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  • Writer's pictureSurviving Breast Cancer

Making Beauty From The Ashes

By Beth Wilmes

A Survivor's Call For Supporting The Emotional Component Of Cancer


Besides rounding up at a register or two, I never thought about breast cancer- that was until I was diagnosed myself. Why would I? I was thirty-five with a six, four, and one year old. No one I knew had breast cancer and there was no family history. Funny how something can go from being the last thing on your mind to something that rarely leaves your mind. The most surprising thing to me about being diagnosed with cancer was to find that cancer was just as much an emotional battle as it was a physical battle.


I like most women found a lump. I knew immediately it was cancer. I called my OBGYN and the next day went for my first ever mammogram. I told the mammography tech how anxious I was that I have cancer and felt relief flood my body when she commented that based on what she was seeing, there was no reason for concern. I said a quick prayer of thanks before she told me they’d do an ultrasound just to be sure. It was during the ultrasound I knew something was wrong. There were to many people in the room, they kept going over the same area, the techs shared looks when they thought I wasn’t looking. Then they told me I’d need to come back later that week for a biopsy. There were four masses. Four!! The relief I felt only moments before was quickly turning to dread.


My previous job in a hospital radiology department gave me the fortitude to ask if the radiologist was onsite right now. They told me he was but that he was getting ready to leave for the day. I told them to please ask him to do the biopsy now, waiting days to come back in for the procedure seemed like torture. To his credit he agreed and I laid there exposed and fearful as he extracted a few samples. It was only a day later as I was sweeping my floor that I saw a call from my OB pop up on my cell. I quickly answered and could tell from the tone of her voice the news wasn’t good. She asked me what I was doing and I responded that I was sweeping my kitchen floor. It was then that she told me the biopsy had come back positive.


Does this mean I have cancer, I asked? Yes, she replied.


I then remember her clearly saying she wouldn’t want to have treatment if it were her. At this point the room had gone a bit hazy but I remember saying, “You mean it’s so advanced that you’d decline treatment if it were you?” “Oh I don’t know about that," she replied, "I just meant I know what you’re going to have to go through and it’s going to be really difficult.” She told me my next step was to find a breast surgeon and they’d be able to tell me more.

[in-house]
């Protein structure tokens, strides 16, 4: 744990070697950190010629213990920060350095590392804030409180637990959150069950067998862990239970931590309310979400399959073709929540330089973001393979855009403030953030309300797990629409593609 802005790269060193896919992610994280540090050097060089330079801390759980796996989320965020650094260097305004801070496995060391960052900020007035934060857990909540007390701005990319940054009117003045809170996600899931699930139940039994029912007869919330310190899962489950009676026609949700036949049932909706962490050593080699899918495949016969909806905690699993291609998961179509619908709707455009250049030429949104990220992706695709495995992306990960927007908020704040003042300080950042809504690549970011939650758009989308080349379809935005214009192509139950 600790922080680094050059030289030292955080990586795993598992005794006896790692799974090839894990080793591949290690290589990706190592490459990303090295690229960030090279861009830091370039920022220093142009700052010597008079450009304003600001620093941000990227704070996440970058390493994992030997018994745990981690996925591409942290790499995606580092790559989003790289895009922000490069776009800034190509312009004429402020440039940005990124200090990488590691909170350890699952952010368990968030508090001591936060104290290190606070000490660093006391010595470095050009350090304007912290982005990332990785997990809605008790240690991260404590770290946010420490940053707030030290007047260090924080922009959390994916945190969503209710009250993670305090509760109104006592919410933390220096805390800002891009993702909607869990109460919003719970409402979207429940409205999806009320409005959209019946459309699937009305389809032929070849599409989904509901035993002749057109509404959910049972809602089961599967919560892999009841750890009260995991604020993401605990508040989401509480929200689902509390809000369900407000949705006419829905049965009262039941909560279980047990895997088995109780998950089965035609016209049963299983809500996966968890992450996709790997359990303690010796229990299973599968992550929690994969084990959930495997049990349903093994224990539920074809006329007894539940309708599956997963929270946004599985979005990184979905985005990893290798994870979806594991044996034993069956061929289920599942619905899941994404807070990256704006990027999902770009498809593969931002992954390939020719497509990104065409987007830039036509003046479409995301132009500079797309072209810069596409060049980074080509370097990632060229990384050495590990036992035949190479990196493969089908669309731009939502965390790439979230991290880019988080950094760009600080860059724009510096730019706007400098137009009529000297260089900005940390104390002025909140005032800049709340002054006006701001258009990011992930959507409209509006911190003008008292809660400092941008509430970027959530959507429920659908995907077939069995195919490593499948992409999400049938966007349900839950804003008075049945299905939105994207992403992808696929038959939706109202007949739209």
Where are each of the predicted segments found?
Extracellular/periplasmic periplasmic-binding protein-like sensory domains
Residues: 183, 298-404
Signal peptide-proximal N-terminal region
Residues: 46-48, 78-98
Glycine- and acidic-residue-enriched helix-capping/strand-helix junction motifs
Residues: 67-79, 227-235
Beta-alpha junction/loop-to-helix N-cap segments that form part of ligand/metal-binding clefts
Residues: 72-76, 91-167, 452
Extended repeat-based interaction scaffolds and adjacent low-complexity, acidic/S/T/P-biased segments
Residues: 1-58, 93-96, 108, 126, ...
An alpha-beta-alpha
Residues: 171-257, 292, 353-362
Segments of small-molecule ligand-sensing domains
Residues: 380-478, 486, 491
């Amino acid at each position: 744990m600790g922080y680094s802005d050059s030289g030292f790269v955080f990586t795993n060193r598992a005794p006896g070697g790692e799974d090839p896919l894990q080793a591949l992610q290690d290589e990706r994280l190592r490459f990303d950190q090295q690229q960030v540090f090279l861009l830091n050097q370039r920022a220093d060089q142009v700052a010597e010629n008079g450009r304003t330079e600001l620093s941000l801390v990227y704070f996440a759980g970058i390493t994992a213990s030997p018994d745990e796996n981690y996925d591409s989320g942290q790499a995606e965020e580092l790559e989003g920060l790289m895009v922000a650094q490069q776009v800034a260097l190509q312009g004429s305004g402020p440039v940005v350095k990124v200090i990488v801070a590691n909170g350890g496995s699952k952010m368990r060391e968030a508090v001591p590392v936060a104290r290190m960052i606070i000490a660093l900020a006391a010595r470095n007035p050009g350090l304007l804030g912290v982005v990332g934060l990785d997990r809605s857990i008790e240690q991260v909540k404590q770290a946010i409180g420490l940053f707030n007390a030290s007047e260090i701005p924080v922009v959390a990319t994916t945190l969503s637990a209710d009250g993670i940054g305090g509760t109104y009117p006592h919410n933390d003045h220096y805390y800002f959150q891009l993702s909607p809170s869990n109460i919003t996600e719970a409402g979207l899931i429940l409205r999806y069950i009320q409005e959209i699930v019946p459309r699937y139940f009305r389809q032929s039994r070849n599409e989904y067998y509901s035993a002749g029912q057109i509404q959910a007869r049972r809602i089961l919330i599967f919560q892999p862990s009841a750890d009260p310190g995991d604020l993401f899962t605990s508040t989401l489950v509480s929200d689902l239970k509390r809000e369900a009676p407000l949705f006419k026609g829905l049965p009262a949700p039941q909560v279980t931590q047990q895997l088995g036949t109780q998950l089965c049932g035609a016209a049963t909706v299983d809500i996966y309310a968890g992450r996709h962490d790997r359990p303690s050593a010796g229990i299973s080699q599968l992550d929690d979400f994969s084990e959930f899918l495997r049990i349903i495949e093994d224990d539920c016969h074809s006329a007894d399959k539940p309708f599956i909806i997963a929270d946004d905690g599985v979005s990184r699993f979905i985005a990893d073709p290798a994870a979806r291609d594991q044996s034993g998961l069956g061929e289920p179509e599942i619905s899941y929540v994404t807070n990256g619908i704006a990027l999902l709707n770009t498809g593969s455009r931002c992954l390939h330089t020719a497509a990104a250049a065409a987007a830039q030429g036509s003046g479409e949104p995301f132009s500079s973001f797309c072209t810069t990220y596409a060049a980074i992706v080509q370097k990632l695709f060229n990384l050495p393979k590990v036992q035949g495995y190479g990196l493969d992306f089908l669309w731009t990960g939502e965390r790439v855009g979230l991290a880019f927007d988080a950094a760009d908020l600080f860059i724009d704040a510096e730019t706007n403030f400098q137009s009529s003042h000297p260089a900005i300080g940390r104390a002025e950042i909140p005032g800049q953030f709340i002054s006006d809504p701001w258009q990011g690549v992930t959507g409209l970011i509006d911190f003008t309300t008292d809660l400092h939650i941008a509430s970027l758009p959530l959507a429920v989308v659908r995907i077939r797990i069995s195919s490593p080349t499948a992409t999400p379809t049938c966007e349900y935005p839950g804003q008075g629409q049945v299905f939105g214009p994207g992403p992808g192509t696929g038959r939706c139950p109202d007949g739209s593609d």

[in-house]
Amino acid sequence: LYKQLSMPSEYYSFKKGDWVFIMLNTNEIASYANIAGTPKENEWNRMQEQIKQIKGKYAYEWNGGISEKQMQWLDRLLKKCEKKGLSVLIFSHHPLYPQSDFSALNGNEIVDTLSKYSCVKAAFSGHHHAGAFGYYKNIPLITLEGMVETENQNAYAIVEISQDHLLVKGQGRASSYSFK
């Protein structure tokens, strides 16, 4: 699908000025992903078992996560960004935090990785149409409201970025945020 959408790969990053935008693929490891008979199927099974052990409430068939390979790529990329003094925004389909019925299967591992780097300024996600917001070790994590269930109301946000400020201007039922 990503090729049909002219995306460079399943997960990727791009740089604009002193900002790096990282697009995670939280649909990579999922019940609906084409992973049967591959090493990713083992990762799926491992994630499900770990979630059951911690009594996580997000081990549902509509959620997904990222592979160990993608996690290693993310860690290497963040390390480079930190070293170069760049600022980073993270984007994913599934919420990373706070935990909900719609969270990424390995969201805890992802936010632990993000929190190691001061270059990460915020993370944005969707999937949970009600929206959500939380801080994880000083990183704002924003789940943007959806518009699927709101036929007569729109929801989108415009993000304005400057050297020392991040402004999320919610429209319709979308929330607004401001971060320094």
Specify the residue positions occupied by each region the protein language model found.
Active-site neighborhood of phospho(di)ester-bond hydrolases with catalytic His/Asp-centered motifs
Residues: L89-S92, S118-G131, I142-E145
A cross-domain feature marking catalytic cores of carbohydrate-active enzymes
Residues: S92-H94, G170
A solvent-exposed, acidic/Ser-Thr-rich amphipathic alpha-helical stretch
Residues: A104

That was the beginning of my breast cancer journey which ultimately included a double mastectomy, chemotherapy, radiation, drug therapy, and two unexpected surgeries from a complication from reconstruction and the development of lymphedema. A bright spot in my journey was being introduced to another young survivor who offered to mentor me through the process. She was in another city and a busy lawyer so our communications were primarily through text messaging. When I felt scared or uncertain about what would come next, I could reach out and she would reassure me.


After I was done with treatment, I began to informally mentor other newly diagnosed patients to pay it forward. My oncologist, upon hearing what I was doing, suggested I start a program and she’d refer to it. Initially I blew her off. The last thing I wanted to do was entrench myself in the worst thing that had ever happen to me and yet… I couldn’t stop thinking about what it was that allowed me to not just survive the experience but thrive despite it. I realized it was the emotional support I was fortunate to have and I began to wonder why the emotional component of cancer often takes a back seat in the cancer care process. I also wondered why cancer care stopped when primary or active treatment did. In my own, as well as in other survivors experience, it was survivorship that was the most difficult to navigate and yet there was very little support in that way.


This was the catalyst for my nonprofit, Faith Through Fire. Our mission is to reduce the fear and anxiety that breast cancer patients feel and replace it with hope and a path toward thriving. We do this through multiple programs- a peer mentorship program where we pair a newly diagnosed patient with a thriving survivor to encourage them during treatment, a partnership with Build-A-Bear where we provide cuddly bears to children impacted by breast cancer, and a podcast called Besties with Breasties hosted by myself and another young survivor to reduce isolation and provide access to information. And finally, after conducting market research and finding only 19% of women felt equipped to transition into survivorship, we created the Survivorship Support Network. The Survivorship Support Network is a free private online community for motivated survivors who want to live their best life after a breast cancer diagnosis.



Now I spend my time helping other women receive the emotional support they deserve both during active treatment and in survivorship. Faith Through Fire members love that we are there from the day of diagnosis all the way to and through survivorship. We are here for as long as you need us and have found helping others navigate their journeys has the added benefit of bringing meaning to our own.



Thank you for sharing your story, Beth. SBC loves you.



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